I’m often asked by HR professionals in my workshops, “how do I get my managers to actually MANAGE employee performance?”  I usually probe and ask some questions, and usually the kinds of answers I get are: “our managers just avoid issues…”, “they’re so busy doing email and going to meetings that they just ‘let things go’ with employees until situations get so bad…”, “our supervisors just don’t seem to ‘get’ that we can’t just fire employees without doing our due diligence.”

I could go on here…the essence of the complaints from HR professionals is that managers just seem to be too busy to do good performance management.  The question I have is, “what the heck are they workin’ on???”  Supervisors and managers are leaders, which means the majority of the time they need to be leading. However, many supervisors and managers are sort of “working” managers in that they have to-do lists a mile long, filled with tasks, of which very few of those tasks have much to do with managing employee performance.  Well, now there’s the problem.  If the to-do lists are filled up with a ton of tasks–who’s actually managing employee performance and leading the troops?  News flash–no one is.

So, in order for leaders to be effective in managing performance they first need to have the infrastructure. What I mean by infrastructure is that a performance management system must first be in place.  A system begins with accurate, up-to-date job descriptions, interview guides that include competency-based and behavior-based interview questions, and a performance review process that has aligning competencies and behavioral anchors, and clear performance objectives and standards.   Additionally, a good comp and benefits structure must be present, career development and advancement, mentoring, training and development in both technical and soft skills, and a solid one-on-one coaching and feedback process.  A one-on-one process means that monthly, each supervisor meets with his/her respective direct reports for a one-hour, 1:1 face time session–without fail.  For employees managed remotely, this is done via Skype or simply a conference call.  Nonetheless, it is a regular vehicle in which both the leader and direct reports rely on for consistent, two-way communication.  The benefits of the 1:1 sessions are enormous, but more importantly it provides a level of accountability.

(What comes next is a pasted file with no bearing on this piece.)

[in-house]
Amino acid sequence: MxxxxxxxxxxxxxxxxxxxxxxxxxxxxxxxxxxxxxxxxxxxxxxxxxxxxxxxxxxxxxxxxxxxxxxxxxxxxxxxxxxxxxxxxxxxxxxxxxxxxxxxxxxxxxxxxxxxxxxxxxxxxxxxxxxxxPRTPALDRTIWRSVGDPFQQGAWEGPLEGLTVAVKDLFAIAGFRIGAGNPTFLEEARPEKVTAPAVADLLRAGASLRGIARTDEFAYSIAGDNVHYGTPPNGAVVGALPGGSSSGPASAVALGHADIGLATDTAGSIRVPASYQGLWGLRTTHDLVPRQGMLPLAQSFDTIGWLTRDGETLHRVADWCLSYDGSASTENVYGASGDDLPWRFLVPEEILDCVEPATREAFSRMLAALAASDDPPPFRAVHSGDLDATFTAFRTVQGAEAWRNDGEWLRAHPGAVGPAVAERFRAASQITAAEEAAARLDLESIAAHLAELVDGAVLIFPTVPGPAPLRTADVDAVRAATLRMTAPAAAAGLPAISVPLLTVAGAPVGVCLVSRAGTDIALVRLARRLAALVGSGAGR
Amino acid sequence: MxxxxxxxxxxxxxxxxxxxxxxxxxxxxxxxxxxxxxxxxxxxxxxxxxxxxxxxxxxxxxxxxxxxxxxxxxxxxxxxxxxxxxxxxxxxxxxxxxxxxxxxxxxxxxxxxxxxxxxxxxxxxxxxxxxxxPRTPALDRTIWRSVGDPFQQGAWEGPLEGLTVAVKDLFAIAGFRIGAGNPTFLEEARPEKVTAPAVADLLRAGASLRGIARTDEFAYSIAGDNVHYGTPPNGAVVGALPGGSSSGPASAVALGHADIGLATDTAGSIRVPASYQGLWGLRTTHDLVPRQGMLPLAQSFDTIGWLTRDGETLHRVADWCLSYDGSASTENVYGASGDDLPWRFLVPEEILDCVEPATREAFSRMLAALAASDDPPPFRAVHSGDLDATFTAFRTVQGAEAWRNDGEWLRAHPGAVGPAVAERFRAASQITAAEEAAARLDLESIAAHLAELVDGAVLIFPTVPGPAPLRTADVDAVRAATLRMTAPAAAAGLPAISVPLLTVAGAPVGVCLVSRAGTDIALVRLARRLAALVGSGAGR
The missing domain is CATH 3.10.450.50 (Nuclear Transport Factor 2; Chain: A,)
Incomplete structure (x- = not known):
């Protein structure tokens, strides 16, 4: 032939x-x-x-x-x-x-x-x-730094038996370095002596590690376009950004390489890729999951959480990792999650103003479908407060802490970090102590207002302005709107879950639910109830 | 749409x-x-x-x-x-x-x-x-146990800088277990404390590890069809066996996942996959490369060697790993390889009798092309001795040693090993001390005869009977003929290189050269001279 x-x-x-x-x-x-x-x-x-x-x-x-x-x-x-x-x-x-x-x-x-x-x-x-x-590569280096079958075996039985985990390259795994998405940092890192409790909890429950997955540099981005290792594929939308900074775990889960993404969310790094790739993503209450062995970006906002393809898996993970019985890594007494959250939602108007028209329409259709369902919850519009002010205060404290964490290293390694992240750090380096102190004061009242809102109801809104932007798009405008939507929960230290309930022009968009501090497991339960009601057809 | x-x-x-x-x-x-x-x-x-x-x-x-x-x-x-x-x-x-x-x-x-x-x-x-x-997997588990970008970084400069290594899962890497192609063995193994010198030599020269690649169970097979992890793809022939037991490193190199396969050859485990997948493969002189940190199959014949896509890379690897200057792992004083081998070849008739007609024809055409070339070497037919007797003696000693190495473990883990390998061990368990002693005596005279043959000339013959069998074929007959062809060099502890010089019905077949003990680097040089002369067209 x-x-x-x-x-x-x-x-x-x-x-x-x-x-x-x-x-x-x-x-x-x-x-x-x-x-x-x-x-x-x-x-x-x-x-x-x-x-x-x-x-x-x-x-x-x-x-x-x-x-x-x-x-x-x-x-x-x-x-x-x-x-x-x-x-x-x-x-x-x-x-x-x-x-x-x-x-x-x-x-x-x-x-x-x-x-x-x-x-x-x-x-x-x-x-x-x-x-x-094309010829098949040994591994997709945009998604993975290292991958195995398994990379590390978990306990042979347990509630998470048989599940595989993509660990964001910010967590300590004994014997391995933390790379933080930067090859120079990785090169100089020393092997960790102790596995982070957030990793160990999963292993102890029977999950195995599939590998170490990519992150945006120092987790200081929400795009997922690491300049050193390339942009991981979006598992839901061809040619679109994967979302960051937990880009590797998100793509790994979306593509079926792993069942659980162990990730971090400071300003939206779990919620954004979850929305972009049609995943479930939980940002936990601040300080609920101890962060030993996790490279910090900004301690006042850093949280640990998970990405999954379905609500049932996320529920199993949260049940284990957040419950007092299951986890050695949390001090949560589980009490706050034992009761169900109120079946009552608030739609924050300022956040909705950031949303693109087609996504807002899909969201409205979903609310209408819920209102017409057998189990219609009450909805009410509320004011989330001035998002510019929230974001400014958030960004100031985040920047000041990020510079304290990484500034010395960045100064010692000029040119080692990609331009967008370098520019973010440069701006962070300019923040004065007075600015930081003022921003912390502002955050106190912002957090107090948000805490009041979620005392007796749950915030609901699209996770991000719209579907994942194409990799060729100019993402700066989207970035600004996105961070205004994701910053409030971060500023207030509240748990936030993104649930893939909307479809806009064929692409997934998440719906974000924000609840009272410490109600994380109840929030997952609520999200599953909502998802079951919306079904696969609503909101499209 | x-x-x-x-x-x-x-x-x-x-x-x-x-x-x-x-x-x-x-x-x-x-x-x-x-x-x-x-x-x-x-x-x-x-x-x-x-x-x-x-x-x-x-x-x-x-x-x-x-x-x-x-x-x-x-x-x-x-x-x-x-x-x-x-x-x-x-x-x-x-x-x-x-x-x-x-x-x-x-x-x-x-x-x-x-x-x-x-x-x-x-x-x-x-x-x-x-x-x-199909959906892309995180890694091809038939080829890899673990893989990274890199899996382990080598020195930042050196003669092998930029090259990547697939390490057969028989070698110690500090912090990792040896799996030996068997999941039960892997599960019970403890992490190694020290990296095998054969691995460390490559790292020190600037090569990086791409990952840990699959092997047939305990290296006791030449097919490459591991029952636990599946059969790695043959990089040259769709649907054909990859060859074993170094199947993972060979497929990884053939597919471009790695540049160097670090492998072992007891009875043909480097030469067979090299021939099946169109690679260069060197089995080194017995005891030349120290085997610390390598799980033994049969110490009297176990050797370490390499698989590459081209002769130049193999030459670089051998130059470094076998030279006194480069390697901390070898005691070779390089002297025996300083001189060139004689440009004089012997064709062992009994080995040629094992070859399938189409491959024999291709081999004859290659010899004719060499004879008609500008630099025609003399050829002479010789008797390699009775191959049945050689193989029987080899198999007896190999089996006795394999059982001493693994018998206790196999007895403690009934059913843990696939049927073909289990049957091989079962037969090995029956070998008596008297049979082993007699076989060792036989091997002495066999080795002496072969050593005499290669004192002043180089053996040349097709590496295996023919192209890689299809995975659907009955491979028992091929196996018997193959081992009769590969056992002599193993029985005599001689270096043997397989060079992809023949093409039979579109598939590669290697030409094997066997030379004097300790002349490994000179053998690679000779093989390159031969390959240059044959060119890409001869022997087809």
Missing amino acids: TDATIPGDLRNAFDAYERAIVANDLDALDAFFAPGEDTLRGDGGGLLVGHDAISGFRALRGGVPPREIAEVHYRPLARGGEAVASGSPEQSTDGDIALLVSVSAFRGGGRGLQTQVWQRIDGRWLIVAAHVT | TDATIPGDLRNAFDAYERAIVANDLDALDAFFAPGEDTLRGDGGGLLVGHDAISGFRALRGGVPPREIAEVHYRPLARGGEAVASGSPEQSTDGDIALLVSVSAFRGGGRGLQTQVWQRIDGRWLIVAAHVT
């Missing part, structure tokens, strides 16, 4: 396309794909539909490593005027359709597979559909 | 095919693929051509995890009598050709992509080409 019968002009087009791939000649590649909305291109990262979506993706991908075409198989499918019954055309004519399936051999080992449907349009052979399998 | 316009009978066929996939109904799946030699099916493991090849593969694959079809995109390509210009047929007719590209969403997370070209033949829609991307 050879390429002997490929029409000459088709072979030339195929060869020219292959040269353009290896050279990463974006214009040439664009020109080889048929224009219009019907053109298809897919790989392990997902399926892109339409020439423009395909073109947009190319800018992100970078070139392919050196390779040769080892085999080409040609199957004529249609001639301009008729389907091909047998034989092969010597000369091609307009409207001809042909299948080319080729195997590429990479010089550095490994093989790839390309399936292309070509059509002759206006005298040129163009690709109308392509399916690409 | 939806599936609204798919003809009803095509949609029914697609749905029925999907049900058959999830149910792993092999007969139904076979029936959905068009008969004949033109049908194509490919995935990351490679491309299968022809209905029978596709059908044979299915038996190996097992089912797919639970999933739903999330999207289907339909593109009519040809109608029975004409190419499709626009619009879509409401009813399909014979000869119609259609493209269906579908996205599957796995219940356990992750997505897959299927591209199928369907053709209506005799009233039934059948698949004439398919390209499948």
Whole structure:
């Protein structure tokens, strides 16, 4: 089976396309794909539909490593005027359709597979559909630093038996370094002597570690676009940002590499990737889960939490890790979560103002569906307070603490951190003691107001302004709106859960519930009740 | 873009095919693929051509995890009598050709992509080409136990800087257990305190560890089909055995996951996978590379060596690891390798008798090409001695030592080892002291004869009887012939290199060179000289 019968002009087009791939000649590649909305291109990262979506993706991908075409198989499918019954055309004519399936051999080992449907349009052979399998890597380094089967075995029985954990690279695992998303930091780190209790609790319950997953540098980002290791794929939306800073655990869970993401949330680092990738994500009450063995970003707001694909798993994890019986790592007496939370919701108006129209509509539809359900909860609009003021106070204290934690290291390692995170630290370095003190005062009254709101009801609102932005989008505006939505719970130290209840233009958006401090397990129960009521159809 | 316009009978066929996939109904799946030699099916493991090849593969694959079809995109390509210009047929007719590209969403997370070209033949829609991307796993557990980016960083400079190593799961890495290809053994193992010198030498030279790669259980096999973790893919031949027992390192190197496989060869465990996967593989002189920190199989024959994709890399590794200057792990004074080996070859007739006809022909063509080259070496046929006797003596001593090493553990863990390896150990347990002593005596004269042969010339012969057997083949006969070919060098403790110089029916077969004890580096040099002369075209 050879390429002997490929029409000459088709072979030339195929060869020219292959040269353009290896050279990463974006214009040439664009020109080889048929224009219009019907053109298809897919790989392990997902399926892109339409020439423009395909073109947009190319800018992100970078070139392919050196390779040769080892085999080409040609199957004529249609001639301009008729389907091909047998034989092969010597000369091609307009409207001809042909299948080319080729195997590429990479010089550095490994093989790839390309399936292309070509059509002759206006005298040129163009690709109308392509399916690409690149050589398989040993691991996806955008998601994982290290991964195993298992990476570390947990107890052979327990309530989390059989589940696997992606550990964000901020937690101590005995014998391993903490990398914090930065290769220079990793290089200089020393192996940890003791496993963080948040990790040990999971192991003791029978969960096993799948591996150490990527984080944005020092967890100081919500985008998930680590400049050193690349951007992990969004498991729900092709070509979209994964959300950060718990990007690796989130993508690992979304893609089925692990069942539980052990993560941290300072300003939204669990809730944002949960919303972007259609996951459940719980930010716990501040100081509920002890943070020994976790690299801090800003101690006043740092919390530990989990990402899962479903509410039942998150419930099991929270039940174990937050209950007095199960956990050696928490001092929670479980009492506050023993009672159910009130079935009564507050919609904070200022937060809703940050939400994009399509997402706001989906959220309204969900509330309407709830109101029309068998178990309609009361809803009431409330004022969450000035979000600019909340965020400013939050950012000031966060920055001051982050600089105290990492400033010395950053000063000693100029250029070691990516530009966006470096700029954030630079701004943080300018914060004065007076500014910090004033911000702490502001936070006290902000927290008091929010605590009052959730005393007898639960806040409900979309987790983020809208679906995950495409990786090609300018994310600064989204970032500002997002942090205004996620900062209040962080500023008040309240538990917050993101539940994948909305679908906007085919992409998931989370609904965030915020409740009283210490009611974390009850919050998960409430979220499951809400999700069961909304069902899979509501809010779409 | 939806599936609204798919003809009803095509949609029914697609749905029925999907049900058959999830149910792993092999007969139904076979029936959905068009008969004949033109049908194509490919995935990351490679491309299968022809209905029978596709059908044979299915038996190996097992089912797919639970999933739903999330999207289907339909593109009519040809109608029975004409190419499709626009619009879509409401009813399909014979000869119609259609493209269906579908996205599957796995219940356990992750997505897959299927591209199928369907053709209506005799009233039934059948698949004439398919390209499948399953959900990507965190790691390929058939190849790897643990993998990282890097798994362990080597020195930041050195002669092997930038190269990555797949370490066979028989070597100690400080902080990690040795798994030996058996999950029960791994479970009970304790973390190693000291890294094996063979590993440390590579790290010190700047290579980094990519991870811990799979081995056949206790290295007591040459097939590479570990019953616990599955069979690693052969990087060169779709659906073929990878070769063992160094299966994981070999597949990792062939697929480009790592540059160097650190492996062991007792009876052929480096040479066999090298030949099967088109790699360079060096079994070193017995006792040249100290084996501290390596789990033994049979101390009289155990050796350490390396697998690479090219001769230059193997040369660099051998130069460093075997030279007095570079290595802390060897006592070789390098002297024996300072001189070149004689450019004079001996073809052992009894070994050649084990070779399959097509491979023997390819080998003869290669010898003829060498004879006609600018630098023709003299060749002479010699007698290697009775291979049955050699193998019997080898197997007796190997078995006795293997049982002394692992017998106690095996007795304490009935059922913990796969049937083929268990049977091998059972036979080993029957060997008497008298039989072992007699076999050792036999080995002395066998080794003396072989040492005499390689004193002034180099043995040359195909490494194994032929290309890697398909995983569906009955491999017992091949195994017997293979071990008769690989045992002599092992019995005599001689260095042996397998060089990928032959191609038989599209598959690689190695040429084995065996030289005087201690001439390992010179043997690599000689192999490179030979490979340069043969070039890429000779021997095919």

In the event employee performance simply doesn’t improve, the next step is moving into a documented performance improvement plan, called a PIP, which is a roadmap to performance improvement.  However, the PIP is only as good as the effort the leader puts into it to help get the employee performance back on track.  Beyond the PIP is progressive discipline and ultimately termination.  All of these steps are part of the backbone–or infrastructure of a performance management system.  Often, HR points the finger at leadership because performance isn’t managed.  Yet, HR has failed to provide adequate resources, or a backbone system, for leaders to operate within.  In other words, if they don’t have the right coaching and training skills (via a leadership training program) and they haven’t been taught how to evalate performance, coach and give feedback–or even document a disciplinary warning…whose fault is that?  HR must own the infrastructure and ensure the leaders are trained properly and also coached in how to use the process.

For additional questions, drop me a line at natalie@rpchr.com

Until next time…


Published On: June 16th, 2017 / Categories: Blog /

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